Who in the world wants to be a farmer, when he could be a real estate tycoon driving a sports car and making deals on his cell phone of houses purchased with no money down? Who would choose to be a nurse, when she could be an international photographer for an Internet news magazine? Why be a factory slave, when you could use multilevel marketing of a mineral substitute for Viagra made from sea salt to live on a yacht by 30?

Farming was not the only job in Solomon’s day. But it best illustrated the lesson of this proverb. Farming required hard work, planning, patience, and repetition. It was the most basic of jobs – using the earth to produce food and/or to use the food to raise cattle or other animals for various products. But tilling a field behind oxen became boring and stupid when you heard fantastic rumors of network marketing riches in clothes soap!

The tortoise beats the hare financially. While the tortoise plods forward an inch at a time toward his economic goals, the hare runs at full speed from distraction to distraction, some costing him precious capital, and all costing him valuable time. When they come to the day of reckoning, the faithful labors, sound investments, and patience of the tortoise have given him a comfortable estate. The hare is exhausted, frustrated, and broke!

Solomon despised get-rich-quick schemes. He saw poor men make good income, but foolish ideas wasted it (Pr 13:23). Diligent labor in a basic job brings success (Pr 27:18). Talking about financial fantasies makes men poor (Pr 14:23). Getting distracted from the job at hand is terrible (Pr 27:23-27). Increase is by strength and leverage, not scheming (Pr 14:4). He saw financial exceptions destroying fools looking for a free lunch (Pr 1:32).

Vain persons are everywhere, especially with radio, television, telephones, magazines, newspapers, the Internet, and email. They promote the rich and famous, though they are only 1 out of 10,000. They offer impossible returns to steal your savings for themselves. Governments offer lotteries that are nothing but a tax on the poor and stupid. And liars flaunt the extravagant lifestyle of multilevel marketing “successes,” while ignoring the 98% that bought the overpriced product to pay for the “success.” The net result of these and all other financial “shortcuts” is always negative – you lose! Going down?

Why do any listen to such nonsense? Why would anyone consider lies from a person trying to fleece them of their hard earned money? There are only a few reasons. All of them are sins. Two have been given – discontentment with your job and covetousness for a different life. In addition, some do not like submitting to other men, which is simply pride and rebellion. And last, some through willful ignorance do not examine things with a critical and pessimistic eye to avoid lying snakes (Pr 14:15; 15:22; 27:12; I Thess 5:21).

This generation is obsessed with ease and pleasure – amusement, games, recreation, sports, and relaxation – but these things ruin men financially. If you love pleasure, you are going to be poor (Pr 21:17). If you love sleep, you are going to be poor (Pr 20:4,13). You will learn to despise work, because it is not as much fun to you as riotous living and sleeping in (Pr 19:15). You will waste your money on foolish amusements (Pr 21:20; Luke 15:13). And this childish lifestyle will take you down (Pr 23:21).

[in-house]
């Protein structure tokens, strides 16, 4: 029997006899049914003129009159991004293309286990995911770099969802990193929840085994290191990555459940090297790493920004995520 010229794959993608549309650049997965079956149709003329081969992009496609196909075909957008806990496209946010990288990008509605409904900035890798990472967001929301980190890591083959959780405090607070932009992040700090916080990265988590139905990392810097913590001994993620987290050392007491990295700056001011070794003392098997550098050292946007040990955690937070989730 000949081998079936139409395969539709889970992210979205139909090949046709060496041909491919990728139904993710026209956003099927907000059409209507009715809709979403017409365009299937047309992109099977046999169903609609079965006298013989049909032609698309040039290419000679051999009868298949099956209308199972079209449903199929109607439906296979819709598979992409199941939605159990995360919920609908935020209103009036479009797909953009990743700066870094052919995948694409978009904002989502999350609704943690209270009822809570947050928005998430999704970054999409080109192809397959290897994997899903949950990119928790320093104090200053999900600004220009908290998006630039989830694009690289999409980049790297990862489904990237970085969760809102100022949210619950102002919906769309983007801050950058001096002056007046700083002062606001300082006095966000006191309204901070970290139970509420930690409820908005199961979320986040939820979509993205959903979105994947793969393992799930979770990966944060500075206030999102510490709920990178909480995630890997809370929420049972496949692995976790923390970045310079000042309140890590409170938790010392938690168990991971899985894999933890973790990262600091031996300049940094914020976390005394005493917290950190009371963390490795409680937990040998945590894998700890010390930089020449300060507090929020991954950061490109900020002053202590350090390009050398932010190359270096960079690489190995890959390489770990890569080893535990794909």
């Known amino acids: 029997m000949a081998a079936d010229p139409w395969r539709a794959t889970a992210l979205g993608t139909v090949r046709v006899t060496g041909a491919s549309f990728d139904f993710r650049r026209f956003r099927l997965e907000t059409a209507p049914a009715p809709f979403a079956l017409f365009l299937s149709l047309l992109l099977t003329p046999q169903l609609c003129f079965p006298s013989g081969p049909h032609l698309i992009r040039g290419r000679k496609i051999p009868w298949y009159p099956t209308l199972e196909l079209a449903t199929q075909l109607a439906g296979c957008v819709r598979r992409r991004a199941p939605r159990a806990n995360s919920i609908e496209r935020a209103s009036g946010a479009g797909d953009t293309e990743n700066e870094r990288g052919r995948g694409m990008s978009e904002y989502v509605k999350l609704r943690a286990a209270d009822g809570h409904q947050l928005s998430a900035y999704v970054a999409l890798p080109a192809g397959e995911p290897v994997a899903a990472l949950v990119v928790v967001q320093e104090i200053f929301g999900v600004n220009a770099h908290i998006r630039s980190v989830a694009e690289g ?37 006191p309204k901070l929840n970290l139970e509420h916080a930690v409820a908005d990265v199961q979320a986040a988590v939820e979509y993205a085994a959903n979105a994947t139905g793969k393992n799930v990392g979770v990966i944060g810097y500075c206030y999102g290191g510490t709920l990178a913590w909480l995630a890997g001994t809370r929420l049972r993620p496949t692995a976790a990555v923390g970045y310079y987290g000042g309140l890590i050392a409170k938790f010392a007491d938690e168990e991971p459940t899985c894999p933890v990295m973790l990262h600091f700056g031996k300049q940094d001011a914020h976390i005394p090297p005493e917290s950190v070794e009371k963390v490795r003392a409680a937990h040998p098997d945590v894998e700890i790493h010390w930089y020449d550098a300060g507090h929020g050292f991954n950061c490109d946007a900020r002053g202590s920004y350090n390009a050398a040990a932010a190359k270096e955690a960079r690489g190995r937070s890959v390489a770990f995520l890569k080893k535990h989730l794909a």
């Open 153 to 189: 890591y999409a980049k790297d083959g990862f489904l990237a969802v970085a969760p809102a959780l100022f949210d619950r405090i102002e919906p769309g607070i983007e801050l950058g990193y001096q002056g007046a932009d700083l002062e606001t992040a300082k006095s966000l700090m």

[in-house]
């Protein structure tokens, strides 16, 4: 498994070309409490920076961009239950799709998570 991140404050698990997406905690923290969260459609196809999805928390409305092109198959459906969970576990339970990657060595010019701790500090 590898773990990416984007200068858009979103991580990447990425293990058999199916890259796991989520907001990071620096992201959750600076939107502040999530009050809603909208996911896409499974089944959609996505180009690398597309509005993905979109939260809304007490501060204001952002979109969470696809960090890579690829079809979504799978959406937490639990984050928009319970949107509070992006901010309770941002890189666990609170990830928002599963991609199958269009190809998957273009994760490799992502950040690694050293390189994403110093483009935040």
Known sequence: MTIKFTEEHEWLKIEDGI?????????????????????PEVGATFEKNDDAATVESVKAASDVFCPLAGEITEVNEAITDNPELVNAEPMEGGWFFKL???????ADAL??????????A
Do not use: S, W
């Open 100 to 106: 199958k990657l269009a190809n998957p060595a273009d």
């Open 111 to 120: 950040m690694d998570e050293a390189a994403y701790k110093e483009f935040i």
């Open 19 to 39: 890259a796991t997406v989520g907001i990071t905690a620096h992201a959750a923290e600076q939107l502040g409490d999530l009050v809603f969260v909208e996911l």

Your safety is in God’s word. Hard work works (Pr 10:4; 13:4; 22:29).  Haste makes financial waste (Pr 19:2; 28:20,22). Believe nothing without proof, especially testimonials or “results” above market rates (Pr 13:11; 14:15; 22:3). Taking the easy road will ruin you economically (Pr 6:9-11; 24:30-34). Only one document in the world is totally true – the Bible. Everyone and everything else are liars (Rom 3:4). Obey this proverb; love your job; do it well each day; thank God for success. If you scoff at or neglect this proverb, you will wake up poor with a hardworking neighbor ruling over you.

The proverb’s lesson applies to religious pursuits as well. There is no get-spiritual-quick seminar or television offering that can compete with daily prayer and Bible reading and listening carefully to the preaching of God’s word (II Tim 3:6-7; 4:1-4). Do not follow the vain religious personalities that offer their seductive road to God and heaven. They are liars just like the financial hucksters. There is only one door and Shepherd of the sheep, and the abundant life is obtained by obeying Him and His words (John 10:1-18).






Under Gods Command 

Proverbs 30:26 The conies (Rabbits) are but a feeble folk, yet make they their houses in the rocks;

Are you as smart as a coney? Wise Agur used four small creatures to teach his students great wisdom (Pr 30:1,24). The ants prudently save for the future (Pr 30:25). The locusts know the power of numbers (Pr 30:27). The spider by diligence goes where most cannot (Pr 30:28). The conies wisely avoid risk and loss by choosing safe and strong protection.

Evolution is a damnable lie from hell believed by God-haters after He darkened their minds (Rom 1:18-25; I Tim 6:20-21). God created every living thing, and much wisdom can be obtained by analyzing them. Sluggards can learn by the industry of the ant (Pr 6:6-8). The fearful can learn by considering God’s care for birds and flowers (Matt 6:25-32).

What is a coney? It is a rabbit, which used to be properly and ordinarily called a coney.  The variety Agur considered for this proverb lives in the caves and clefts of mountains on several continents. Without ability to defend themselves other than speed of retreat, these feeble creatures make their homes in rock strongholds where they can run for protection.